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compass setI found this old compass at a garage sale and want to use it. Problem is, I don't know about any of the parts.
Does anybody know what it is for and how to use/tighten it?
The compass won't stay and will not draw circles.

the compass won't stay and will not draw circles

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Oooh, I used to have one of these as a kid - not the whole set, sadly, but the compass itself and a few of the accessories. Congratulation on the purchase, it's a very satisfying tool to use. I inherited it in early 00s and it got me through 8 years of geometry classes; I vastly preferred it to the modern versions.

First row

"Liner"

If I'm correct (it's not clear from the photo), this is a tool to make straight lines with ink. (I don't know the proper word for it.) It would have two blade-like parts connected by a screw which controls the distance between them. You dip this in ink, the space between holds and distributes it (it works like a dip pen nib hole, on the principle of surface tension).

Probably useless these days, but might be fun to play with.

Second row

??? possibly a liner leg for the compass?

Really not sure from the picture. I never had this one. It might be a version of the previous tool that fits as a leg.

???

No idea, but I'm guessing a piece of sandpaper or something else for sharpening the lead.

Spike

You would put this instead of the graphite leg and use it to measure distances - to get a more precise read than directly with a ruler, following a line etc.

Longer leg???

This looks like another leg replacement, but I never had one of these and I can't tell from the photo. If there is a lead holder at the tip, then it's a longer leg for bigger circles. (And then I wish I had that one, that could have come handy.)

Spare lead container

Practical and fancy looking. Very satisfying rattle. :D

Second row

Compass

The compass should behave pretty much like any modern compass. The top leg (on the second photo) holds the lead; you replace the lead by unscrewing the tip (careful not to break the lead in the holder, it's hard to get out).

Loosening the small wheel lets you take the leg off and replace it with something else, for example the spike.

The leg should be hinged a bit above the small wheel and turn inwards. That enables you to position the lead perfectly vertically, for very sharp circles.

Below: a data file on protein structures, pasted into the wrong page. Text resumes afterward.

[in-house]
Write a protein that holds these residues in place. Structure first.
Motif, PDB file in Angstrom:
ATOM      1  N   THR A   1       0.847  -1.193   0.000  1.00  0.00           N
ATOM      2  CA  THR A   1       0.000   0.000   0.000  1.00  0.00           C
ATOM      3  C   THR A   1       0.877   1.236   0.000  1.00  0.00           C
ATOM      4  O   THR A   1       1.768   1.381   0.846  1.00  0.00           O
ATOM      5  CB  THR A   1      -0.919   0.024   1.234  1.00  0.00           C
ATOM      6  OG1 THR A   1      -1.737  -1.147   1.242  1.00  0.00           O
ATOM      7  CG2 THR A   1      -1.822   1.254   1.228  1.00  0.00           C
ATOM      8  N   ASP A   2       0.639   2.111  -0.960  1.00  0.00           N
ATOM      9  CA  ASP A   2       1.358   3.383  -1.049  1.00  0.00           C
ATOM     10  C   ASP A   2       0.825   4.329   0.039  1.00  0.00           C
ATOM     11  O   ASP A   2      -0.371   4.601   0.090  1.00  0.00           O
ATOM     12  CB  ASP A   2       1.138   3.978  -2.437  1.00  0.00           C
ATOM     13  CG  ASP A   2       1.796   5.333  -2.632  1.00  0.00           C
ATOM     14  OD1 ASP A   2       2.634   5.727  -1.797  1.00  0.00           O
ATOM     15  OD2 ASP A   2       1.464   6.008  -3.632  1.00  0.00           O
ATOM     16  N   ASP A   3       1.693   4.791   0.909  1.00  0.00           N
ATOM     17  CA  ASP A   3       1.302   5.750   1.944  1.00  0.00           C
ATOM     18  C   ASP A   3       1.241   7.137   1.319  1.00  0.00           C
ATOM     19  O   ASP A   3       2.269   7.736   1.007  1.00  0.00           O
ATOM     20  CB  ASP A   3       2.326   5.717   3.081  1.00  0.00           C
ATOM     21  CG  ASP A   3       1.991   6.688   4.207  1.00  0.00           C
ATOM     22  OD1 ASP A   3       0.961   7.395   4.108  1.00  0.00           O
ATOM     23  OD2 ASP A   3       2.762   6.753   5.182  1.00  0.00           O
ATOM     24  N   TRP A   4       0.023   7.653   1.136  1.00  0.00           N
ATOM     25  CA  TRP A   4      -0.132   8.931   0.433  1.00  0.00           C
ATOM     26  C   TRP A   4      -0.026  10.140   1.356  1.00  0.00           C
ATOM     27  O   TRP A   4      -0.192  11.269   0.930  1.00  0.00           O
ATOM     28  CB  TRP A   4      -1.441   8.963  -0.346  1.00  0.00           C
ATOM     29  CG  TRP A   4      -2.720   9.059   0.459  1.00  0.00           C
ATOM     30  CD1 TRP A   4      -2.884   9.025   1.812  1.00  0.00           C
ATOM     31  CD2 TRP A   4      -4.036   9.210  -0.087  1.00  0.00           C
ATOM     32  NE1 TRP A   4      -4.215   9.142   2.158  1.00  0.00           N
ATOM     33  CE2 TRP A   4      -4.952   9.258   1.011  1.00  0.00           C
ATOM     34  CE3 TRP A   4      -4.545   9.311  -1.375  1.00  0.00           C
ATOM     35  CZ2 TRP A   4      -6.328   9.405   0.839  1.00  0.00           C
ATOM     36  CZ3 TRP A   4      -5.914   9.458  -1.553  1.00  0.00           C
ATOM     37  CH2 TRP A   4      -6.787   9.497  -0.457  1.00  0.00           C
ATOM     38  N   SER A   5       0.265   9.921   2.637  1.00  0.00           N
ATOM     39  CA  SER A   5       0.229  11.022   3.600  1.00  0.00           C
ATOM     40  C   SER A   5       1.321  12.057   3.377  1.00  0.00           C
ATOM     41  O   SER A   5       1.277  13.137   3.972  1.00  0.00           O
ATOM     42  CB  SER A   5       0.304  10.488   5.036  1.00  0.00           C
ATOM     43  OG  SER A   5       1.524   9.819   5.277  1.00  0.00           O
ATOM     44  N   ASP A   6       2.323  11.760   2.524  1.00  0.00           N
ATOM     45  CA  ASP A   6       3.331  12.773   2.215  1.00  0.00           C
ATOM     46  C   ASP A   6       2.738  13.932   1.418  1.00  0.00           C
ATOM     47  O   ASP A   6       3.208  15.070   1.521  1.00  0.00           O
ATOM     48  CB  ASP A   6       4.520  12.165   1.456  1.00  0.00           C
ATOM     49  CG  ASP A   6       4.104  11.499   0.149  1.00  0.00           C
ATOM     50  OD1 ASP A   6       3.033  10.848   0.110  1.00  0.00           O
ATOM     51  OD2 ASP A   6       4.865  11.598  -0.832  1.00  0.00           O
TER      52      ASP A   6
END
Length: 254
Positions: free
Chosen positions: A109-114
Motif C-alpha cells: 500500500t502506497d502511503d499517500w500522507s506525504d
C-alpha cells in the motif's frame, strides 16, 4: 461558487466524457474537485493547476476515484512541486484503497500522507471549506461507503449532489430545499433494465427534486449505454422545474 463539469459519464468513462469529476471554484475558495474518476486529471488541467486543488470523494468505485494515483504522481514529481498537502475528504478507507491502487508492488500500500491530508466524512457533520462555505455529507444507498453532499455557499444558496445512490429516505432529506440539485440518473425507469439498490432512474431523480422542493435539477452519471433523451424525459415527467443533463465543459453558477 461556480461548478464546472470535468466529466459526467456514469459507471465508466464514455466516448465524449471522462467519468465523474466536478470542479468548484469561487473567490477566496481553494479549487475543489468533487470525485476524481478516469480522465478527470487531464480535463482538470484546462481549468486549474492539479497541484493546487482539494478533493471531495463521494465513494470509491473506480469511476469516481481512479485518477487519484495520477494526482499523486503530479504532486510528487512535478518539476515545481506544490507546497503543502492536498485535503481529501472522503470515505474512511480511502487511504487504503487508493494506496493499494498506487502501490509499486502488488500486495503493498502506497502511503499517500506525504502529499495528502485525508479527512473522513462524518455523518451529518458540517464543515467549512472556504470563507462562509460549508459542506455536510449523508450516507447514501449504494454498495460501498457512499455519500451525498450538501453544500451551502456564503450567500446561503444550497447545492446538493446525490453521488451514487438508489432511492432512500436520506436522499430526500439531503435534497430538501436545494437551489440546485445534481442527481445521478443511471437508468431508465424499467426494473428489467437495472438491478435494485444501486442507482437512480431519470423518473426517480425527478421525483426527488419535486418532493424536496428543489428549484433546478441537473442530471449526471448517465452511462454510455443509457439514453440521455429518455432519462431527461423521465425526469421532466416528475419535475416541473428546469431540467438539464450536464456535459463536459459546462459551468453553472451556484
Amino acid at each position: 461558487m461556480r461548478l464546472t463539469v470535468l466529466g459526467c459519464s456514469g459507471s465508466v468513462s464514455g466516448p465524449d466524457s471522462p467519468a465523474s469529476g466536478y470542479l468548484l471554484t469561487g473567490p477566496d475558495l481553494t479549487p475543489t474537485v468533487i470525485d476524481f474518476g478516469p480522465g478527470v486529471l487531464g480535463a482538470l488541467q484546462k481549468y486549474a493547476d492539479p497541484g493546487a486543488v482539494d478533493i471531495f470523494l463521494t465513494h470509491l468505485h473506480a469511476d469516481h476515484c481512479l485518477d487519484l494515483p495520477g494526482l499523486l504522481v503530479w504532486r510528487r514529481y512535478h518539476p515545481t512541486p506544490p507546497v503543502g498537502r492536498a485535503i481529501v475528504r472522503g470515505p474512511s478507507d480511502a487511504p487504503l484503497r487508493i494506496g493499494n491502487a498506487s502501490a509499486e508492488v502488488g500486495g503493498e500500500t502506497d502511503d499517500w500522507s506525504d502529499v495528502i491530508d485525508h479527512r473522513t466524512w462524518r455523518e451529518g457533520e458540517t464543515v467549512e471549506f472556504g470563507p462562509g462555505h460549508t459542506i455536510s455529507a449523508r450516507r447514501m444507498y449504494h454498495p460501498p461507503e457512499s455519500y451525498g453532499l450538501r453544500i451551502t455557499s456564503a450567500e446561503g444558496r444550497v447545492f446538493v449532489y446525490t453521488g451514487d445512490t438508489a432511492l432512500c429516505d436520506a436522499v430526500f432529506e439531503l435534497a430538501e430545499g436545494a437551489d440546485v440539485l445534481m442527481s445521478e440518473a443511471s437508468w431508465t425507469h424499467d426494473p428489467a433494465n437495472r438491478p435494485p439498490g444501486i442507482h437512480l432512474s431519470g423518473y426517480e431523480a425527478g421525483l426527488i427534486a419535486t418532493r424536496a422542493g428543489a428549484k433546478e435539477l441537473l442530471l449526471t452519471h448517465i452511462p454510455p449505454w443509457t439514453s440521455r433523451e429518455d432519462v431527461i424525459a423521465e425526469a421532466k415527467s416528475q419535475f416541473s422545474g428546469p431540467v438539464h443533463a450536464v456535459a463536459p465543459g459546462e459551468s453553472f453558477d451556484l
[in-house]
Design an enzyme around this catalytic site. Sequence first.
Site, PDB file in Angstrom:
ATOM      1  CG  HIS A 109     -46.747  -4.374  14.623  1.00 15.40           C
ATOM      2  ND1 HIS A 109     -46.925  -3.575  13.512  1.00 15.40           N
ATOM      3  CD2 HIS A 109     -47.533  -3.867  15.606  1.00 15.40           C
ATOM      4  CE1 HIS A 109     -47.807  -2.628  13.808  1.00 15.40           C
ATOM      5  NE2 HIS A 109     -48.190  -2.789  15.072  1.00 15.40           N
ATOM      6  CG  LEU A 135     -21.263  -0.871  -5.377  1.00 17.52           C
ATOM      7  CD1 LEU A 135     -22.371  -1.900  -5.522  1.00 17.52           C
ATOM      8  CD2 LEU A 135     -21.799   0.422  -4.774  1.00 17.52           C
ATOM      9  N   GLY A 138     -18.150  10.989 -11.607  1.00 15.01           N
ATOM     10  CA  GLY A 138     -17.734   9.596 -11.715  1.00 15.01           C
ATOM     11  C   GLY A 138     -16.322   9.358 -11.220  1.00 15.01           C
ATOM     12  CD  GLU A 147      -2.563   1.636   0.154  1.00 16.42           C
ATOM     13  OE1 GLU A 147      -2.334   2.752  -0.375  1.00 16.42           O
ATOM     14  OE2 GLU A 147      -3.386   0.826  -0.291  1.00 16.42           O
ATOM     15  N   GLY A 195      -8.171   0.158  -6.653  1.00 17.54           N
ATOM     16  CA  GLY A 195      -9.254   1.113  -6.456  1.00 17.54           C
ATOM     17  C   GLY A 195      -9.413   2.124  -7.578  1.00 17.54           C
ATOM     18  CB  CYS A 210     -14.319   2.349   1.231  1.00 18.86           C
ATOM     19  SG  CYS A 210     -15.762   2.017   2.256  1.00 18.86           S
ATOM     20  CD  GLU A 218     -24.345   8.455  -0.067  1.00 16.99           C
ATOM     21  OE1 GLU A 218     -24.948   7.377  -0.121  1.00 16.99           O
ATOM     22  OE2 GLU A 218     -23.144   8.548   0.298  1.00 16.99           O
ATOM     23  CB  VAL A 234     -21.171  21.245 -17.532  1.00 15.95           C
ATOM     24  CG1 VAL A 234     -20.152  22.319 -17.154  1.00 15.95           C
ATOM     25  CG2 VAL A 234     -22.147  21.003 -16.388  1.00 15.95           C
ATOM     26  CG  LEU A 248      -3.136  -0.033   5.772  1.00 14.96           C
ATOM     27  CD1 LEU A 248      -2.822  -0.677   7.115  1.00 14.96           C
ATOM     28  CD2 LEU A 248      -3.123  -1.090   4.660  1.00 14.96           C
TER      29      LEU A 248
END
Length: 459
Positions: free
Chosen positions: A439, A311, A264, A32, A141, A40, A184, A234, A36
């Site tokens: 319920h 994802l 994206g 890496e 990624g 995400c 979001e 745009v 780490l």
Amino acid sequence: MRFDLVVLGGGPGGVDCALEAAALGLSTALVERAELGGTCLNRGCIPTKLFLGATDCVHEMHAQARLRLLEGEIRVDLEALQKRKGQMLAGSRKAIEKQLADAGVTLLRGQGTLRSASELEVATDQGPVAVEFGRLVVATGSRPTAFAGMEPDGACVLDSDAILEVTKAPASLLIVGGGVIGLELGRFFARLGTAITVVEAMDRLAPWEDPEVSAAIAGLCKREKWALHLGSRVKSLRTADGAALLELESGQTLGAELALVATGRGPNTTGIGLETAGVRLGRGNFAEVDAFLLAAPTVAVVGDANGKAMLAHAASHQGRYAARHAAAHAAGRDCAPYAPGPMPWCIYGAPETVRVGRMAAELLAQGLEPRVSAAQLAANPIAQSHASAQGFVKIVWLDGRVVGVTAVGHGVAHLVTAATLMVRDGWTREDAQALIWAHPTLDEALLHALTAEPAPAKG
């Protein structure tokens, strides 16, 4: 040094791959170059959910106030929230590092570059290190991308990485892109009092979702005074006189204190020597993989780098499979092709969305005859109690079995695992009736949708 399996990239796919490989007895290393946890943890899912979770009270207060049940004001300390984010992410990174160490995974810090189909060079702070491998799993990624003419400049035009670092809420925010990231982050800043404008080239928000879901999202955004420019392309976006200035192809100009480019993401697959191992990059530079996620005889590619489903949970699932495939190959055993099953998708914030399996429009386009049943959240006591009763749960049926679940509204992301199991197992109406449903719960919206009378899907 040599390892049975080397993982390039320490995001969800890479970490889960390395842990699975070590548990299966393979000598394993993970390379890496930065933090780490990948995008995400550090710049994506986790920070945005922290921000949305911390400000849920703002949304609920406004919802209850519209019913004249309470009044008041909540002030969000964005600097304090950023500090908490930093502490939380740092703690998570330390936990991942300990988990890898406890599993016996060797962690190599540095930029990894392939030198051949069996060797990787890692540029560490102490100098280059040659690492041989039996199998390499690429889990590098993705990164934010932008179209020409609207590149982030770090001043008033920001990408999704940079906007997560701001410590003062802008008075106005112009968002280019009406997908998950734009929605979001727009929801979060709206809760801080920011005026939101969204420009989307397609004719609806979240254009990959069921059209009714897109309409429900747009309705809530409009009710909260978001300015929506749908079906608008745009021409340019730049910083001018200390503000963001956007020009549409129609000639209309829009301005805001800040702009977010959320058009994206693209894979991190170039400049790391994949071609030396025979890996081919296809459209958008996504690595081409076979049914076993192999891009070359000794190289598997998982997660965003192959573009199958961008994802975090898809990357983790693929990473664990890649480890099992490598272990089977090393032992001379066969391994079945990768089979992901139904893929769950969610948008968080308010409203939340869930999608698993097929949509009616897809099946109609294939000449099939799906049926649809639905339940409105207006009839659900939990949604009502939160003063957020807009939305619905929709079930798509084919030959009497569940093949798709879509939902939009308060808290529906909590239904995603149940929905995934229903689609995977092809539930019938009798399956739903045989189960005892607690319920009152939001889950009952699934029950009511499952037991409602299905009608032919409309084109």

The small wheel on the bottom leg lets you adjust the length of the spike to fit the lead. Is there a hinge under the wheel? Some models also had a cool feature where you could flip the spike to choose between two different versions.

If the compass is loose (I assume you mean that the legs open too easily) you can tighten the screw on the top hinge (visible in the second photo). Same can be done with the leg hinge (that screw is on the side, visible in the first photo).

On mine you could also unscrew the top handle, but I never learned what that is for, other than losing the damn bit. Maybe someone else will know. :)

  • I think with some of these drafting compasses you can take off the top to use different arms. Usually, with those older tools, there is a lot of compatibility, and it also offers an easy fix on the rare occasion that one of the arms breaks. It stems from that age when more manufacturers would mainly invest in quality, in durability. – Joachim Jun 2 at 15:49
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    I reckon the fact you can unscrew the top handle is just a result of how they're assembled and how the piece parts are made. This is more obviously the case on models where that handle screws into a curved spring – Chris H Jun 3 at 7:03
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    The "spike" in row 2 can be used to draw circles on metal sheets, like a scriber. – Elmy Jun 13 at 20:42

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